Nysah Warren | Staff Writer
The study of insects always intrigued Dr. Shawn Dash. As a child, he collected insects, snakes, turtles and other outdoor creatures. “They’re kind of creepy looking, but they do really cool things,” said Dr. Dash referring to insects. Dr. Dash is originally from Baltimore County, Maryland. He studied undergrad at the University of Delaware where he double majored in entomology—the study of ants—and wildlife ecology.
He received his masters from Louisiana State University and he got his Ph.D. at the University of Texas. While in college, Dash did a lot of research. During undergrad he volunteered with graduate students. He did not always study insects, however. “I was originally really interested in birds,” said Dash. “But getting up really, really early as an undergrad to study birds was really hard.”
Dash interest in ants emerged when a professor gave him a project in the study of ants. Dr. Dash has been studying the evolution of a type of ant called hypoponera—little ant—for about 11 years. He says that in the new world, meaning North America to South America, there are about 60 species of hypoponera. Dash looks at the specie’s diversity and its evolutionary relationships.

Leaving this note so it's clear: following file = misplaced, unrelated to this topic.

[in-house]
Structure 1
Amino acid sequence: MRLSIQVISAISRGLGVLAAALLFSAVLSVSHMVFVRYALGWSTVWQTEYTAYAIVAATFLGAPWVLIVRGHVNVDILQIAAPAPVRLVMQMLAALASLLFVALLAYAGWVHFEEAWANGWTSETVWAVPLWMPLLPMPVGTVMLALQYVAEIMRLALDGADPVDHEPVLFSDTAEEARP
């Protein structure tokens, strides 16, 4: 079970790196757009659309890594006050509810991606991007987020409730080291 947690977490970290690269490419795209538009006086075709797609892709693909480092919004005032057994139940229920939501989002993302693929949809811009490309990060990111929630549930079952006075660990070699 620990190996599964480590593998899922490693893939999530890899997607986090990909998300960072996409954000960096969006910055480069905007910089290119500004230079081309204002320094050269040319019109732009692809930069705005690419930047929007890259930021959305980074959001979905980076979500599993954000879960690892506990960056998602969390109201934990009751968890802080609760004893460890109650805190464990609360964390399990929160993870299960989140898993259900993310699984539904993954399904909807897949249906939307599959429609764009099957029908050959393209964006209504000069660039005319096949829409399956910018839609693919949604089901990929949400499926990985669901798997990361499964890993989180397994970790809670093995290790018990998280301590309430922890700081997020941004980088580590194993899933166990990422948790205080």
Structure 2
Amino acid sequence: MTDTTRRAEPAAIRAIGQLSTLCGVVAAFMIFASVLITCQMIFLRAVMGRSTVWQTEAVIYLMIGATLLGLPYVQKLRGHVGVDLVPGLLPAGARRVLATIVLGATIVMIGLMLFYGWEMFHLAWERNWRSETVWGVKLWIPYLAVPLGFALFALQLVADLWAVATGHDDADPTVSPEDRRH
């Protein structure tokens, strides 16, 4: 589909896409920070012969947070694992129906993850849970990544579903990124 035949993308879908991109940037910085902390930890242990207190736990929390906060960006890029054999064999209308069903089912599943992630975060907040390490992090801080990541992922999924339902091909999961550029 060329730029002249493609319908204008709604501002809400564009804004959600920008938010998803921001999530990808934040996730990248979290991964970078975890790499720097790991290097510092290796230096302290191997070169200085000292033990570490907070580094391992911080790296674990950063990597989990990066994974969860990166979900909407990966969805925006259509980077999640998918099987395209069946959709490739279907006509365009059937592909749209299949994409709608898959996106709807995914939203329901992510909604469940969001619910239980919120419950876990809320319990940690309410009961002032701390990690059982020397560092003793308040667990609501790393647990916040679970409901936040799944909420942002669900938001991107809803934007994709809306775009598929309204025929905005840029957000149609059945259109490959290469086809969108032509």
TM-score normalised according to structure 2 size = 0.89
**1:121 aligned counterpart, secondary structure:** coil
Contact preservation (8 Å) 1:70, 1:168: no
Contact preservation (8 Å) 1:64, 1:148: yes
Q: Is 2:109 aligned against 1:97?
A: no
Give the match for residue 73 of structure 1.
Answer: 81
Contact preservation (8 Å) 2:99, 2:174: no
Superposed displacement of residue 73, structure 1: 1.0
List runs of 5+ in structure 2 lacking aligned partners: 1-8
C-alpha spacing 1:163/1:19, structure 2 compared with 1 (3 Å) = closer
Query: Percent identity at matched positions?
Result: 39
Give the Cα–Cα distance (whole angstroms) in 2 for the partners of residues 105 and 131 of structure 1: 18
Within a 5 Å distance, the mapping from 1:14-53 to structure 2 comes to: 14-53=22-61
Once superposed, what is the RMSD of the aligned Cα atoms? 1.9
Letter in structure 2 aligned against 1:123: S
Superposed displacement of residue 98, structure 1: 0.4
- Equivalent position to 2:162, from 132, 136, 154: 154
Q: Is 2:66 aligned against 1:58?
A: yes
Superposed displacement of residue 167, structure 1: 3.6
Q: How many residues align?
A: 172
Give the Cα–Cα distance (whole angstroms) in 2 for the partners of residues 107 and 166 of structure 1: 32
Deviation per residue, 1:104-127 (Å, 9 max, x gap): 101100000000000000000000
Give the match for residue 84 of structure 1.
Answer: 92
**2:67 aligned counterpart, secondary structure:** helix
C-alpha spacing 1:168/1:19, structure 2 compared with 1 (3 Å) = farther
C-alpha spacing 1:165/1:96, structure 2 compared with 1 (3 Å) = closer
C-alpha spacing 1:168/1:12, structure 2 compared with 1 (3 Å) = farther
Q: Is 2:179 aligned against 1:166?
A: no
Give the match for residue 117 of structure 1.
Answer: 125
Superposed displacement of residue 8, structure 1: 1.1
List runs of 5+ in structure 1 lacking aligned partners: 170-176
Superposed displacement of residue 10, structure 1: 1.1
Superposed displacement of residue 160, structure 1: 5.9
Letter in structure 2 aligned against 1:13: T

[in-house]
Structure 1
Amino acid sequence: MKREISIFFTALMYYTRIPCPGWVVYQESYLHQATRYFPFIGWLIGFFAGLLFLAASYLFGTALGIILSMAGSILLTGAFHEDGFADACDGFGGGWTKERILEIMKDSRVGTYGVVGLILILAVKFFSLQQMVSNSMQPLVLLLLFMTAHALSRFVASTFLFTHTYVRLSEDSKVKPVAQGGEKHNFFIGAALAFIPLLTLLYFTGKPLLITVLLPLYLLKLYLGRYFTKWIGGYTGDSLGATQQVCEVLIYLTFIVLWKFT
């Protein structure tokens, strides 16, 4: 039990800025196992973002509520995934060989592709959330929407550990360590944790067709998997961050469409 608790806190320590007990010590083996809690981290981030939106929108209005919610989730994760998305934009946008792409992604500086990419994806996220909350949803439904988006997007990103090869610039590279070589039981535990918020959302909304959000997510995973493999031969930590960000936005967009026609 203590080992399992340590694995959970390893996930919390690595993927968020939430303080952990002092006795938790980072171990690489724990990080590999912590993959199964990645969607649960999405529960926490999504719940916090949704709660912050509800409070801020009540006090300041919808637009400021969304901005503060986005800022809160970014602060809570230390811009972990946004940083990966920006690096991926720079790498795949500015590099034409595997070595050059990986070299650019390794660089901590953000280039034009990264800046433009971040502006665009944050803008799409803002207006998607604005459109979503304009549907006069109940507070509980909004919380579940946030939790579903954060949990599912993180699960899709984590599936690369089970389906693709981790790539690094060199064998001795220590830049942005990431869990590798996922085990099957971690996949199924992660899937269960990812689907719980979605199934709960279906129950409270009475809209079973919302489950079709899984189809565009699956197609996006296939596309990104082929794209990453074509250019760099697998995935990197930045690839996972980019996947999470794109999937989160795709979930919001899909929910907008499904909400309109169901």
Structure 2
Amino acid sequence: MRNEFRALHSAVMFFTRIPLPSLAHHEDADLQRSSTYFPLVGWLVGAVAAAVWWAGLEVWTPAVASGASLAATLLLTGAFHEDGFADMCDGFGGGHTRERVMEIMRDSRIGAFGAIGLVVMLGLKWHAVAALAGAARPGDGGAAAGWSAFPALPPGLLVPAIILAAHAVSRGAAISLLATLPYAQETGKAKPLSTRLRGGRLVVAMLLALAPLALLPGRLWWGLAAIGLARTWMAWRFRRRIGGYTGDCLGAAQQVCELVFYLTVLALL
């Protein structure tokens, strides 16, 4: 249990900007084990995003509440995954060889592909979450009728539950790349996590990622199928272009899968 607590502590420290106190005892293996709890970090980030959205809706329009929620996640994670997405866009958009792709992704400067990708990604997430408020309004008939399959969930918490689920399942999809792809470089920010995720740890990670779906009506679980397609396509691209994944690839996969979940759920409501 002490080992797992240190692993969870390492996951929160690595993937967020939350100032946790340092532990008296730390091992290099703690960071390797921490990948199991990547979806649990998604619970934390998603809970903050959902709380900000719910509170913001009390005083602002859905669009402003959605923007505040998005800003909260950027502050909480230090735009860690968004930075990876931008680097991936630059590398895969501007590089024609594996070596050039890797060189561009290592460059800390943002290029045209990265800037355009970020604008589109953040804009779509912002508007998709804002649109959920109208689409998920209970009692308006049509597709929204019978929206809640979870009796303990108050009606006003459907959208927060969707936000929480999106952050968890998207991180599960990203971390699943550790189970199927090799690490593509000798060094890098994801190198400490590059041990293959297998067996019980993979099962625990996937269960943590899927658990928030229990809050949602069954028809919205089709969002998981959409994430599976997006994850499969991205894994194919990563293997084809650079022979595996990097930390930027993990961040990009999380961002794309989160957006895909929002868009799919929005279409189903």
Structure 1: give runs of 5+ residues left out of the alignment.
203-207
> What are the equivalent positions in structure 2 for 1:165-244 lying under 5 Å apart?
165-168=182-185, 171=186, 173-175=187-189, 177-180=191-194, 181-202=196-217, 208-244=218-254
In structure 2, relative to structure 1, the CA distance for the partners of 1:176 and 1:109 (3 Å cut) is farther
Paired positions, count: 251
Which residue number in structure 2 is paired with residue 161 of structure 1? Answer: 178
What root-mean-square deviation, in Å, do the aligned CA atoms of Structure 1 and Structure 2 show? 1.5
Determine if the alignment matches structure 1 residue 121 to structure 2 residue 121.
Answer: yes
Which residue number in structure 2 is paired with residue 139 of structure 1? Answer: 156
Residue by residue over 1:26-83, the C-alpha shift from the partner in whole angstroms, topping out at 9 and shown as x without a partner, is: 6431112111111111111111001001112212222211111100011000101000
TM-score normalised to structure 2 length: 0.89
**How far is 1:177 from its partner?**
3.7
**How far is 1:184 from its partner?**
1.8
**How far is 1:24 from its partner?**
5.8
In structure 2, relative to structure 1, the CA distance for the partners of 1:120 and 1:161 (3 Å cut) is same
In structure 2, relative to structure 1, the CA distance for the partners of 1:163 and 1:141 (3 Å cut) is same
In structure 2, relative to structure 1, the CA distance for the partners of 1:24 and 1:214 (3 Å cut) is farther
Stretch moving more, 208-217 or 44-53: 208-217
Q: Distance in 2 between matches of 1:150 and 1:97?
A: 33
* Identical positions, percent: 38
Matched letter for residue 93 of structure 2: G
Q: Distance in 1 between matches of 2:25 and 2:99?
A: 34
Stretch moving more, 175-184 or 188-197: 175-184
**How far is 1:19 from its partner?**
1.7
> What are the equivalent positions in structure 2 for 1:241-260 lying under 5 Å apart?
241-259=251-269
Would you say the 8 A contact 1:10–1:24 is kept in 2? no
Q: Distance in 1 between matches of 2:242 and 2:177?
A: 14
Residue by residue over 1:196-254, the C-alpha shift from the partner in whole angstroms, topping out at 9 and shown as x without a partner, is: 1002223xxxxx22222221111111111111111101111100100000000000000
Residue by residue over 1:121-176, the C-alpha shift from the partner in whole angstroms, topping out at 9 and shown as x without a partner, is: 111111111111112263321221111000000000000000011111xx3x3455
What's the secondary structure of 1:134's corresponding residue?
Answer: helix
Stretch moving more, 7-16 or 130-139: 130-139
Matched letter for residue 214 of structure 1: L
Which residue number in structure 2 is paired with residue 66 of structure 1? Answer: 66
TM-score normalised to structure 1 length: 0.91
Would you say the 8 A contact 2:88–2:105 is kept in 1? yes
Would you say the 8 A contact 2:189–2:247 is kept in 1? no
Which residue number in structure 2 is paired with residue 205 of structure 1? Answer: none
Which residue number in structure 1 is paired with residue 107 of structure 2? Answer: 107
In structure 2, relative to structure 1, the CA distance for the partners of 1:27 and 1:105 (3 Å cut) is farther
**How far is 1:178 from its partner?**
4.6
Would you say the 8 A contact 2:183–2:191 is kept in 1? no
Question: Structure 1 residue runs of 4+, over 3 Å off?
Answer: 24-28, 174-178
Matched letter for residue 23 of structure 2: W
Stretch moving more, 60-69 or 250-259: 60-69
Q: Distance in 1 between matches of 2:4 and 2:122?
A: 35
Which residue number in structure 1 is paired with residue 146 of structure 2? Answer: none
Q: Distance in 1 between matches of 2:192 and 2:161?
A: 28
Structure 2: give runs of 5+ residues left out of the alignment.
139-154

He is the only one thus far that has looked at these ant species and knows that they exist. “As you start to research things, you find out that there is a lot of stuff not known,” Dr. Dash commented. Dash says people are not quite sure of what the hypoponera ants do, and their place in the ecosystem.
“I’m going to name one species after Dr. Harvey because of him doing stuff with the environment, pushing stem [and] being supportive of environmental issues,” said Dash.
Currently, Dash is in the process of researching ants in Virginia. His research will help learn what ants are common to the area, what threats they pose, which species are endangered, the distribution of pest ants and a multitude of other important information. He includes undergraduate students in his research to teach them how to research like scientists and to discover the various ants that are present in Virginia.
“Knowing what is here, you can see how it’s changed and potentially protect those that are here,” said Dash. While many may not see the purpose of ants in our ecosystem, Dash lists many purposes that ants serve. He says there are about 12,000 known species of ants. “Ants are going to be major predators in the ecosystem,” said Dash, “so they’re eating other insects.”
He also says ants aerate the soil when they burrow to build their colonies which keeps the earth fertile and rich for plants to grow. They spread seeds and serve as food to other that may only eat ants. “Without ants, a lot of ecosystems are going to fall apart,” said Dash.
He said his research has been funded by himself and Nano HU. Dash has applied for other grants, but is awaiting to hear back on them. The research he says, with the help of students and more grants, should take about two to four years. Dr. Dash says that if students want to partake in the research they can email him at firstname.lastname@example.org.